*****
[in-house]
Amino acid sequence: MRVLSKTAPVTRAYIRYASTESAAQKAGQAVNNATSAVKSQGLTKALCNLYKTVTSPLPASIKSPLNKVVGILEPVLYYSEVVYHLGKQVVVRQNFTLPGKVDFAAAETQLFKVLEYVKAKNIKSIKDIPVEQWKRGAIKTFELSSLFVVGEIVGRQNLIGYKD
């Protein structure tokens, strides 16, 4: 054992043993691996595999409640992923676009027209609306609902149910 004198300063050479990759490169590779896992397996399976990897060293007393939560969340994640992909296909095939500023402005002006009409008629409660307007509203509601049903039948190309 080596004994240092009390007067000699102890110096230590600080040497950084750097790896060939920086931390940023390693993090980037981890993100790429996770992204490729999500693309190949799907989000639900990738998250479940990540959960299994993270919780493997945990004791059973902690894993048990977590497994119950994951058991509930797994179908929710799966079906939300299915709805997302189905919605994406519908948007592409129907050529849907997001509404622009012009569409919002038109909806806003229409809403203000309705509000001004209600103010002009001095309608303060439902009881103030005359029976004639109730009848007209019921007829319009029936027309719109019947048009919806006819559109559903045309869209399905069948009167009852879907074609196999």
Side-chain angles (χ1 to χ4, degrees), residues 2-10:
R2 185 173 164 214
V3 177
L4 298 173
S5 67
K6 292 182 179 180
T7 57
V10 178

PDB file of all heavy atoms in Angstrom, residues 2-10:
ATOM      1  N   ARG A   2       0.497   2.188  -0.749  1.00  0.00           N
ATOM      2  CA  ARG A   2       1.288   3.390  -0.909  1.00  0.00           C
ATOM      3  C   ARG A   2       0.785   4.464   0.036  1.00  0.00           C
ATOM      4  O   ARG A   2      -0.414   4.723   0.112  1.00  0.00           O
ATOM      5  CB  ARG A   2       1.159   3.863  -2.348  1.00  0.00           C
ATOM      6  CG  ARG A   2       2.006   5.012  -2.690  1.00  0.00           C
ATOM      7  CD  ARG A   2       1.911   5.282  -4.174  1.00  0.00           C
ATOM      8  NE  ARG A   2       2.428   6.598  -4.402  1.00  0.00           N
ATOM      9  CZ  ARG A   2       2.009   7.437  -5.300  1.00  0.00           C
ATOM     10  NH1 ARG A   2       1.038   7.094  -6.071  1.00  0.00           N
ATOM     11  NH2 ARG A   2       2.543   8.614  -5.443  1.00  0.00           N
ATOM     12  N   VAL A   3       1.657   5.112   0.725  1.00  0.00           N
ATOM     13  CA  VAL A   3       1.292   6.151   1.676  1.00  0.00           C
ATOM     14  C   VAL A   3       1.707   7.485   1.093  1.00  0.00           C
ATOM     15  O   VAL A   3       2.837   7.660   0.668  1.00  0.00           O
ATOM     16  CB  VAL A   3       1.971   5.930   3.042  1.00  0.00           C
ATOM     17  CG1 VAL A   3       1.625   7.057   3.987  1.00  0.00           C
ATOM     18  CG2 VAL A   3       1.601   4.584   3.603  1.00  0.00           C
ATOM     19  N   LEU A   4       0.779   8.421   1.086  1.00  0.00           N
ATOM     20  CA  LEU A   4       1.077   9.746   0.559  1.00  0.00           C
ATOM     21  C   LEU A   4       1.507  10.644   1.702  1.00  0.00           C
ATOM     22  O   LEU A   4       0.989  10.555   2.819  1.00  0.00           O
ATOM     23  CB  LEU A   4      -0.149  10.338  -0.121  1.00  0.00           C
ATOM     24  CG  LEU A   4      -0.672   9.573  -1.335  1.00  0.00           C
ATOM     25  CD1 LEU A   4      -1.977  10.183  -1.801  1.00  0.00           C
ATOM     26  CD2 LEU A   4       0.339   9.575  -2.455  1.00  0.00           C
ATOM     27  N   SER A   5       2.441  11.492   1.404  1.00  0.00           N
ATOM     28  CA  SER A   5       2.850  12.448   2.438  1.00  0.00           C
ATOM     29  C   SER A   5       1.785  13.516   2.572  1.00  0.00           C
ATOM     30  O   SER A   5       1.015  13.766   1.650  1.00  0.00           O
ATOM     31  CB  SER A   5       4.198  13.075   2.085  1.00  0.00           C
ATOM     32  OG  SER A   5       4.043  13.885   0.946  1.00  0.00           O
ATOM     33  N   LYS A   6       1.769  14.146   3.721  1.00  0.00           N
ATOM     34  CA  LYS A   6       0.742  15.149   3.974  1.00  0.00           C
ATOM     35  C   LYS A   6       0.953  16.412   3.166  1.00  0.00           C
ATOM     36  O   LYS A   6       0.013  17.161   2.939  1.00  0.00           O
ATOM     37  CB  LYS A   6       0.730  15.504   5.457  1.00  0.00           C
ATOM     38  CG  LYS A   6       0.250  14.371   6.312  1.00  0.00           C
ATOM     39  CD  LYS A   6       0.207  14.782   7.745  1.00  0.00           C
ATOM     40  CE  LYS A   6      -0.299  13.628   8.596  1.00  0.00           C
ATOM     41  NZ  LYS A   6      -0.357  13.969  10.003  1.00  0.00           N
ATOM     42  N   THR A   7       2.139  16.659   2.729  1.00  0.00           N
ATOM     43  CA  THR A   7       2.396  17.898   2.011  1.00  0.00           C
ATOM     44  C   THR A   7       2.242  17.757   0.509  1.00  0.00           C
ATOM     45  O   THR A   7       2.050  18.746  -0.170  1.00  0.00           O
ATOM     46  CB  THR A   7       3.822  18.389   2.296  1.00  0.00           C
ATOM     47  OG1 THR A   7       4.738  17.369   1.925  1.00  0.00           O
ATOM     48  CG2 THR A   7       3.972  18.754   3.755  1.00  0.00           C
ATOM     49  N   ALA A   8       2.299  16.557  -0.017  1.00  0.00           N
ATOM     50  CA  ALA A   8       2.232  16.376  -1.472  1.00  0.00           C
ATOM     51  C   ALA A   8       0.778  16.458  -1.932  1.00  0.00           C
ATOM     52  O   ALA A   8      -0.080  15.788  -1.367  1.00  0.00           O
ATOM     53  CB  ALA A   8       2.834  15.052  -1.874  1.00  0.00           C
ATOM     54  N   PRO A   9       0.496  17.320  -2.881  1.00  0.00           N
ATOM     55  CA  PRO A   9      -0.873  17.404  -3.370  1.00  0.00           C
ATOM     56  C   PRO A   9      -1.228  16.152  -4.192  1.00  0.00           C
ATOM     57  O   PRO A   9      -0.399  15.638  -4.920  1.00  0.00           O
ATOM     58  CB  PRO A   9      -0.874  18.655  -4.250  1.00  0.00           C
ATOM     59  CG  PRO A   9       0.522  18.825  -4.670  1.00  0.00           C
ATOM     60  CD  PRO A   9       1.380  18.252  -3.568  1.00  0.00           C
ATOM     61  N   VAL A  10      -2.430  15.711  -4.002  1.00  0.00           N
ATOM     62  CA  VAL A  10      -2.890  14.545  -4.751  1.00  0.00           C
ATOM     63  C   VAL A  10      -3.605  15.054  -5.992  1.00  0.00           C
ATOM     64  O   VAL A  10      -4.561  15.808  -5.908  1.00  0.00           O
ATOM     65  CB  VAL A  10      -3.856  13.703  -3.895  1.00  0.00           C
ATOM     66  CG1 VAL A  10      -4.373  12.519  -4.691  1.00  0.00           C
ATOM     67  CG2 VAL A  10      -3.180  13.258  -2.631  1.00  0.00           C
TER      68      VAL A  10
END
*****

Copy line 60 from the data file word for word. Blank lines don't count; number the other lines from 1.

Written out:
ATOM     48  CG2 THR A   7       3.972  18.754   3.755  1.00  0.00           C